The Rev. Leann Hadley spoke the morning of Nov. 18, sharing her vision for a holistic model for children’s ministry. She’s working with churches in four annual conferences—North Texas, Central Texas, Kentucky and Rocky Mountain—to study children’s ministry, and has started the Facebook page A Time for Children (www.facebook.com/leannehadleyatimeforchildren1) as a place for those churches to share successes. This public page also invites all Christians to stop and pray for children one minute of every day.
The founder of First Step Spirituality, a ministry that provides support to hurting children and teens, Hadley believes the church needs to give more attention to the spiritual needs of the youngest people in our churches, and that the need to do so isn’t new.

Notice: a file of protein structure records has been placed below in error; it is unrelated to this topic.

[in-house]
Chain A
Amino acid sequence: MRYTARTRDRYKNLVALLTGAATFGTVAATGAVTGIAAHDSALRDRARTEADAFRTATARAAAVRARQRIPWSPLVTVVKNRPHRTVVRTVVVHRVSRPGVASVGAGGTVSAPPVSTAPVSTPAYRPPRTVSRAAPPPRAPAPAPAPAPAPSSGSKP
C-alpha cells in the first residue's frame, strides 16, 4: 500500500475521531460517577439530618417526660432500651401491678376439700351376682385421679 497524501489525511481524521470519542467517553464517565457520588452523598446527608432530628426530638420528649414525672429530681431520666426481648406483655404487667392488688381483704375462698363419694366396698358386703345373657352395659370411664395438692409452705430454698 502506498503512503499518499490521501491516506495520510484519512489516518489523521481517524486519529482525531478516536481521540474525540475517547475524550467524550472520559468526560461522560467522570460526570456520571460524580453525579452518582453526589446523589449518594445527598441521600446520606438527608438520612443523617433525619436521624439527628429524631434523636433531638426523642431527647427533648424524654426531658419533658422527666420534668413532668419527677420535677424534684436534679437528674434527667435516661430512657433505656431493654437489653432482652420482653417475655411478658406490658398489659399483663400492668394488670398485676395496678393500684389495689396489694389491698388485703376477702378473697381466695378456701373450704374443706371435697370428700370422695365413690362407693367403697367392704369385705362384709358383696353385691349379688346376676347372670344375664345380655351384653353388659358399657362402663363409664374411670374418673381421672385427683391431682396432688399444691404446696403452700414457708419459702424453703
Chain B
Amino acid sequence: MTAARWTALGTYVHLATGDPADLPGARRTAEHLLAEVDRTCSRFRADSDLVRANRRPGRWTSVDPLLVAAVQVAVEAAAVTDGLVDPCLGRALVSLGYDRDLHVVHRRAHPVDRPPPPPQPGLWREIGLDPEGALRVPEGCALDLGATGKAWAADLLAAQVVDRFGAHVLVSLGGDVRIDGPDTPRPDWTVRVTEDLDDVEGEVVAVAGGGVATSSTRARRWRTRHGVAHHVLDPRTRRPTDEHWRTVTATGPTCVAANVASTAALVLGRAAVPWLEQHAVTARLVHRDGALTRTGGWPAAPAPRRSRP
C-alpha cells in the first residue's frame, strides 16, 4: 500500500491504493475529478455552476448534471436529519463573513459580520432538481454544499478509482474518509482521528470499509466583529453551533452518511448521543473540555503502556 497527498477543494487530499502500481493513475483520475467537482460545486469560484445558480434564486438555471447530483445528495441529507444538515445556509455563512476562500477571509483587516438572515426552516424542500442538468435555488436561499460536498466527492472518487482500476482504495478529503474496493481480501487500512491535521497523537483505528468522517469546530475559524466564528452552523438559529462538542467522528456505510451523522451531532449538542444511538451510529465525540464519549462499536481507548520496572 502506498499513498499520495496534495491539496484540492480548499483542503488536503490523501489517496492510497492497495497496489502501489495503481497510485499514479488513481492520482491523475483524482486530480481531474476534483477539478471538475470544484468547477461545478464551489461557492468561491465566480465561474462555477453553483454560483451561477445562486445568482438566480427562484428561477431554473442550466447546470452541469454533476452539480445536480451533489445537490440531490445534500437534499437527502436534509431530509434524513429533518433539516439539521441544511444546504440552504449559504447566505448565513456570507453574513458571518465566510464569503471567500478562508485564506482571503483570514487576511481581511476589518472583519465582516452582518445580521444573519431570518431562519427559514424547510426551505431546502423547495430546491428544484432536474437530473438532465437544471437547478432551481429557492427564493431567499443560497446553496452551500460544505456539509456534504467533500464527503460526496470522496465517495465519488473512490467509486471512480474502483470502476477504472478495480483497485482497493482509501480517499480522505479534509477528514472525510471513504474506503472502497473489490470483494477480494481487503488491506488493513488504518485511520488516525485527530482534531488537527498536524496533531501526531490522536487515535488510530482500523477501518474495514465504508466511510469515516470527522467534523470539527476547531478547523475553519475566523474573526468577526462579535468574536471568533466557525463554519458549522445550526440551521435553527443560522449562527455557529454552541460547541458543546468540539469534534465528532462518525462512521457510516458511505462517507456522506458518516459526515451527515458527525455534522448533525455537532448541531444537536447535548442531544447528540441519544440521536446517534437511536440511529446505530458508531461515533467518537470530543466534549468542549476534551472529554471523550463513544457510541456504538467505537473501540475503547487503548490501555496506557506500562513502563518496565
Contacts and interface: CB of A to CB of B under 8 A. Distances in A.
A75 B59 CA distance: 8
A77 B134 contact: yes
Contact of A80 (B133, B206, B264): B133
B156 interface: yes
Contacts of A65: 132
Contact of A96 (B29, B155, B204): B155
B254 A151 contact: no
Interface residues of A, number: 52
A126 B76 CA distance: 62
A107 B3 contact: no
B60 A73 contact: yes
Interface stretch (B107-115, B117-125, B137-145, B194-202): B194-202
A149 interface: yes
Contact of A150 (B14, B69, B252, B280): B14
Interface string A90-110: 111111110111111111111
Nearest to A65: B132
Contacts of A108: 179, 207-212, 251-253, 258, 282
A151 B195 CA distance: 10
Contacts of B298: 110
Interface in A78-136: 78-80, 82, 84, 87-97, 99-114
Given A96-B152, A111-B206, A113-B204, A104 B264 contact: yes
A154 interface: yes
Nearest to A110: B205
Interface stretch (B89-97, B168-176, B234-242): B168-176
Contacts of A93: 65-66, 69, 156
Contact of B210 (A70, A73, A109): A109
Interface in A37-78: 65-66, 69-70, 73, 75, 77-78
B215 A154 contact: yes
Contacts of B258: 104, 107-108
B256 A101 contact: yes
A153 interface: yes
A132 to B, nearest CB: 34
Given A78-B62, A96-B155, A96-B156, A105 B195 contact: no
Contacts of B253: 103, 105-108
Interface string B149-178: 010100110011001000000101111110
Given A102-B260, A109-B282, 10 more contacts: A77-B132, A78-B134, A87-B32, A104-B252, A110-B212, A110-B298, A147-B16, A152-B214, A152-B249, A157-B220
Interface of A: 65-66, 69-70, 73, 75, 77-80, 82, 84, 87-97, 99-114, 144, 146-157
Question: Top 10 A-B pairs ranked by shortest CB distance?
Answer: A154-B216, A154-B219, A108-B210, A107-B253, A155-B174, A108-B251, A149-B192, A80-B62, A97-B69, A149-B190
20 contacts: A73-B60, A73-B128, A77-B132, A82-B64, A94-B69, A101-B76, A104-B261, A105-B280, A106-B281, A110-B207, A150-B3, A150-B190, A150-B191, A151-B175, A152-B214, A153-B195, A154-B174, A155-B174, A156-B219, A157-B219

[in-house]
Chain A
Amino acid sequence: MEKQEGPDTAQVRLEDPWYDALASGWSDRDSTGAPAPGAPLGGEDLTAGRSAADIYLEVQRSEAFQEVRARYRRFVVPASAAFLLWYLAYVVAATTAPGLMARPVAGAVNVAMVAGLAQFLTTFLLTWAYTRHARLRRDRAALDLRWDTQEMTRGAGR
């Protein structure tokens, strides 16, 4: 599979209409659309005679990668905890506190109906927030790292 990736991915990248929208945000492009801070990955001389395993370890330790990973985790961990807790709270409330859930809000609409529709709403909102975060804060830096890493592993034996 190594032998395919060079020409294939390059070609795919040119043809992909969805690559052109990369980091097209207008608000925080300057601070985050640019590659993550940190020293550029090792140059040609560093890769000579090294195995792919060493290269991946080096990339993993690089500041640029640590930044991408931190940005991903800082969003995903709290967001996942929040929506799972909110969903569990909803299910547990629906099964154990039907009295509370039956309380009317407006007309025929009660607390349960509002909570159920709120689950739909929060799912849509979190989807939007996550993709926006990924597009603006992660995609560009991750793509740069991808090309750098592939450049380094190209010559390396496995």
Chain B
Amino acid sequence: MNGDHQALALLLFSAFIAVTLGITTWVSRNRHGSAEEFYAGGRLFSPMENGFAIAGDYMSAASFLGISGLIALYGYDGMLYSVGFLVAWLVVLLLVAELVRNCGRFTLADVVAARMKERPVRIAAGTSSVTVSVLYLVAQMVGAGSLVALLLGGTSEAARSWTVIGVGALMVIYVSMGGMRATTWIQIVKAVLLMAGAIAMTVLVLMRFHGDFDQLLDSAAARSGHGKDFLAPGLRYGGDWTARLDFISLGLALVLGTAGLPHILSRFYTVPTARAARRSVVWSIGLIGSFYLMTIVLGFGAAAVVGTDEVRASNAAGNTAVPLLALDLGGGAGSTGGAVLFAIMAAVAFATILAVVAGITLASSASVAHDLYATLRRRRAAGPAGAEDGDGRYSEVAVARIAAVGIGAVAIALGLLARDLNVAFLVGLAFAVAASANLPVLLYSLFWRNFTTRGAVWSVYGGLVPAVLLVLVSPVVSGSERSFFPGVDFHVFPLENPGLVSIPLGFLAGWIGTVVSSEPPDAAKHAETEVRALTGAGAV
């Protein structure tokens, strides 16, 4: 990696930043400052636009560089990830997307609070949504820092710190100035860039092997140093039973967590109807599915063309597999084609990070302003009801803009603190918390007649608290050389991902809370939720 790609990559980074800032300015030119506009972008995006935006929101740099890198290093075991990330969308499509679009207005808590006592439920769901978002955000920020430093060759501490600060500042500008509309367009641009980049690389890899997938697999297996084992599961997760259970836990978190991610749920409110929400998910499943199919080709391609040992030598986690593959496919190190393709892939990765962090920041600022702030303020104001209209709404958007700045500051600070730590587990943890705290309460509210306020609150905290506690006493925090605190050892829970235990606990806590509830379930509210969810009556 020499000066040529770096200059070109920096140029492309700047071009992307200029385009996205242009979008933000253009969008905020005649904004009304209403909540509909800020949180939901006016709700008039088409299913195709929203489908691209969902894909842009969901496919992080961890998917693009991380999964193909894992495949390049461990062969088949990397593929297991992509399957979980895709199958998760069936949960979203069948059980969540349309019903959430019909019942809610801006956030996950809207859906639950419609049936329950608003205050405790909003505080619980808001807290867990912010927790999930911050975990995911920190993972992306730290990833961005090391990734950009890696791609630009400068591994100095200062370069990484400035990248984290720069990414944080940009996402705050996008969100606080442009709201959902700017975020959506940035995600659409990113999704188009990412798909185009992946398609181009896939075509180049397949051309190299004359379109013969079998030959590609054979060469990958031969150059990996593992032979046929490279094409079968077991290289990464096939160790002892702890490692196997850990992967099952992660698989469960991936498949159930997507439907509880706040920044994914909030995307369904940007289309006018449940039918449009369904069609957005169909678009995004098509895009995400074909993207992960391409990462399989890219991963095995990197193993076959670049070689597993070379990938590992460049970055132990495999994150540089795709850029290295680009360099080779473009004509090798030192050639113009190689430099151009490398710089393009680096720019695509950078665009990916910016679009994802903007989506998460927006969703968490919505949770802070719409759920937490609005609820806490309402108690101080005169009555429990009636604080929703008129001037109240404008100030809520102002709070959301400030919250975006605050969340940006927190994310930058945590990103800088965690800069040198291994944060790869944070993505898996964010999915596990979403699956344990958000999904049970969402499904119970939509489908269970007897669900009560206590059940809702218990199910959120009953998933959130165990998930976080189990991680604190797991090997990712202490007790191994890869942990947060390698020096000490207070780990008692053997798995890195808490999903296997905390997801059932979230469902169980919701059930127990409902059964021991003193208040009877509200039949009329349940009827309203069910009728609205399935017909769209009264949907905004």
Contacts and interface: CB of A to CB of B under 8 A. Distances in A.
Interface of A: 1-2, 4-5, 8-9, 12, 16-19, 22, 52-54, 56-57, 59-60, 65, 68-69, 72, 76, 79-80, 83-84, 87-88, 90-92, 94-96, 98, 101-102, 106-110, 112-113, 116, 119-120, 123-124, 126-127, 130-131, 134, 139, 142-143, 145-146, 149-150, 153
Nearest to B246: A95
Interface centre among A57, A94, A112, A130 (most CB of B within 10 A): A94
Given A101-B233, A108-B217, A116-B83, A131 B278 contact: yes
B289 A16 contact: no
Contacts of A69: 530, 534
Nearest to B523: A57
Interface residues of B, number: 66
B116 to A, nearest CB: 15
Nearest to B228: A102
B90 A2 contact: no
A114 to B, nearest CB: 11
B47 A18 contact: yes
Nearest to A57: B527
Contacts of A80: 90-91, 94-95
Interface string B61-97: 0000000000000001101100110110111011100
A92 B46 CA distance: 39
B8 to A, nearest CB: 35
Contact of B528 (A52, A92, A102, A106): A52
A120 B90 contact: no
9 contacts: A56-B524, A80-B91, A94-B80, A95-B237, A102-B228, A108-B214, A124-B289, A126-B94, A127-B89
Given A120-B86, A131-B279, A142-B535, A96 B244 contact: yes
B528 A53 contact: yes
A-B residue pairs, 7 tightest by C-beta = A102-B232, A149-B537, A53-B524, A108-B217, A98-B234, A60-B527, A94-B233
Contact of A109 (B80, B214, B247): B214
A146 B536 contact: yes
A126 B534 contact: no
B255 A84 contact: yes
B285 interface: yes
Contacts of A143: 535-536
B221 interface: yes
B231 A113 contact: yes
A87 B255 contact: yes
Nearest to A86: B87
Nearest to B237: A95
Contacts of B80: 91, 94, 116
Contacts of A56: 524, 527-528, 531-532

“There was a confusion at the time of Jesus,” she said. “There were two ways of looking at children.” People lived under the influence of Greco-Roman culture, where children were viewed as disposable, and the Jewish culture, where they were seen as blessings.
“The Greeks and Romans had a huge influence on the Jews, as secular society has on us,” she said. “And they understood children in a much different perspective than Jesus did.”
Hadley outlined three existing models of children’s ministry: 1) Adults pour knowledge into children and interpret God for them; 2) a mix of pouring in knowledge while using discipline to purge children of original sin; and 3) seeing children as incapable, leaving the focus purely on adults’ spirituality.
Instead of these models, she proposes children’s ministry rooted in three concepts: